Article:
Islam in Germany
Newcomers to Germany may not realize that there is a significant Muslim population in the country. There are an estimated 4+ million Muslims in Germany, largely due to a massive labor migration in the 1960s and a subsequent political refugee influx since the 1970s. Germany's Turkish population numbers over 3 million people and this group alone has had a significant impact on the country's culture and politics. For example, you can thank Turkish immigrants for the beloved döner kabob.
While there are many outstanding issues with integration in Germany, the country is trying to marry its many different cultures under one black, red and gold roof. Tag der Deutschen Einheit (Germany Unity Day) is also Open Mosque Day in an attempt to promote understanding of the different religions and cultures that make up the modern nation of Germany.
The largest Islamic event of the year, Ramadan, is also being celebrated. While observations are not as apparent as in predominately Islamic nations, subtle signs that the blessed month of Ramadan is underway are everywhere.
Observing Ramadan in Germany
The ninth month of the Islamic calendar is a time of fasting, purification of the soul and prayer. Muslims refrain from eating, drinking, smoking, sexual intimacy and negative behaviors like swearing, lying or engaging in anger from Imsak (just before sunrise) until Maghrib (sunset). These practices are to cleanse the spirit and refocus attention on God. People wish each other "Ramadan Kareem" or "Ramadan Mubarak" for a successful, happy and blessed month.
In 2017, Ramadan runs from Friday, May 26th until Saturday, June 24th.
- Tarawih Prayers - In addition to daily prayers, many observers go to the mosque to perform extra prayers at night. Every night 1/30th of the Qu'ran is recited so that by the end of the month the entire Qu'ran has been read.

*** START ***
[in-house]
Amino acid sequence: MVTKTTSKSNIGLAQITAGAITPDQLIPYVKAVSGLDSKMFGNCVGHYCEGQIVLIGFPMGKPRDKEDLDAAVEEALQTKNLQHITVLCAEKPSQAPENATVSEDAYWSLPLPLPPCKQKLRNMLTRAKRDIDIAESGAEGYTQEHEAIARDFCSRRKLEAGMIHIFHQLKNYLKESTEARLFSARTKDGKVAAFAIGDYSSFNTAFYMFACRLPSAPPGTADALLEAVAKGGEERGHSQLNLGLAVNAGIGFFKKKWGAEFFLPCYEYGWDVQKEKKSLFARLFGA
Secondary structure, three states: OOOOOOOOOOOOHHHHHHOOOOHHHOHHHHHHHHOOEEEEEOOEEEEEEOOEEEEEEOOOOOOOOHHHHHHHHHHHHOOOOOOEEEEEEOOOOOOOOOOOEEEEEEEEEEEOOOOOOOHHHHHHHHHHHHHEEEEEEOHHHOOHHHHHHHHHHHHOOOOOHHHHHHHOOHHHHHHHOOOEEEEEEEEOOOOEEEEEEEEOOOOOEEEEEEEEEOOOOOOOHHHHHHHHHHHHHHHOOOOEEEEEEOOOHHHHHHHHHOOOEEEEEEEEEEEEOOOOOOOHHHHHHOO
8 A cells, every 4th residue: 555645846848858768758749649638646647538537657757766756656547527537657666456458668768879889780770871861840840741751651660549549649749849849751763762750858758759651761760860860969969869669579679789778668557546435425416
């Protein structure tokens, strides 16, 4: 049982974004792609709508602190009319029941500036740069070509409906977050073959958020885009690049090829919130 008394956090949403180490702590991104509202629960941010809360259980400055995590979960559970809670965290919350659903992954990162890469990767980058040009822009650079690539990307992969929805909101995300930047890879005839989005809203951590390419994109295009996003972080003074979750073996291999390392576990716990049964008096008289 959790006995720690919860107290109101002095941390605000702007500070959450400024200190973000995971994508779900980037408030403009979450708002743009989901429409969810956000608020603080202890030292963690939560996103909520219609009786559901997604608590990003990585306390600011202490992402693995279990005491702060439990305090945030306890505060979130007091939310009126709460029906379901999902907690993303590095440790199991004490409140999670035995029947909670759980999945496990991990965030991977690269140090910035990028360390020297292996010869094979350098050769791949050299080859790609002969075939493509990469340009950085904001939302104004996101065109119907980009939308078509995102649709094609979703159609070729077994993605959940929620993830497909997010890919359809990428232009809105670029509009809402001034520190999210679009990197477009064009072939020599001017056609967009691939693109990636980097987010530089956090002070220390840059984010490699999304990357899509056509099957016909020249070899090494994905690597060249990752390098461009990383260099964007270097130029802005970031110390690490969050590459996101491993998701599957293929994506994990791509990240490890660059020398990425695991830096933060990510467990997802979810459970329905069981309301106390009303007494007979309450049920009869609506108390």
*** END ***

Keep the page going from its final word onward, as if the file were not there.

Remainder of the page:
- Iftar - At sunset, the family will gather for a fast-breaking meal. The meal starts with the eating of dates, just as Muhammad did. Then it's time for the Maghrib prayer, after which the main meal is served.
- Laylat al-Qadr - Considered the most holy night of the year, this is the night the Qu'ran was first revealed to the Prophet Muhammad. Muslims seek the Night of Power during the last ten days of Ramadan (particularly on the odd nights).
- Eid ul-Fitr - Eid marks the end of the fasting period of Ramadan (July 28th in 2014). This is a time to be charitable (Zakat) and celebrate the completion of a month of blessings.
How to Be Respectful to Ramadan Observers in Germany
While observing Muslims in Germany are under strict guidelines for conduct during Ramadan, most people in Germany won't notice many changes in their daily routine. Last year it took me about a week before I realized something was a little off in my Berlin kiez (neighborhood) of Wedding. The noisy streets around our flat were strangely quiet, but after dark people spilled out onto the streets in subdued celebration.
Because Ramadan is not an official holiday in Germany, work conditions do not usually allow people to participate as they would in Muslim dominant countries. Choosing to observe is an individual decision. Though some Muslim-operated shops and restaurants close or have reduced hours, the vast majority stay open. As the holiday has been in the summer in recent years, this is the perfect time for many Muslim immigrants to return to their home countries and observe the holiday in the traditional manner.
Even if you aren't a practicing Muslim, it is important to be respectful of those that that are during this holy time. To be positive, patient and charitable are sentiments everyone should be able to focus on.
- Celebrate the nightlife - Many establishments stay open late. Note differences in opening hours and engage in after dark activities when normal errands take on a festive air.
- Be patient - While Germany's temperatures (even in summer) rarely reach boiling temperatures, fasting can be very difficult. Be aware that observers may be a bit slower and irritable than usual and extend your patience and understanding.
- Don't swear - Part of being respectful at any time is to abstain from cursing, obscenities and rude gestures and this is particularly important during Ramadan.
- Be charitable - Zakat is one of the five pillars of Islam and being charitable is something anyone can respect and engage in.
- Use the lingo - "Ramadan Kareem" can be said throughout Ramadan. It translates to "Ramadan is generous" and means that you wish the month to be full of blessings and spiritual rewards.
If you are looking for mosques or communities in your area, leave a comment below or find contacts in an expat forum in Germany.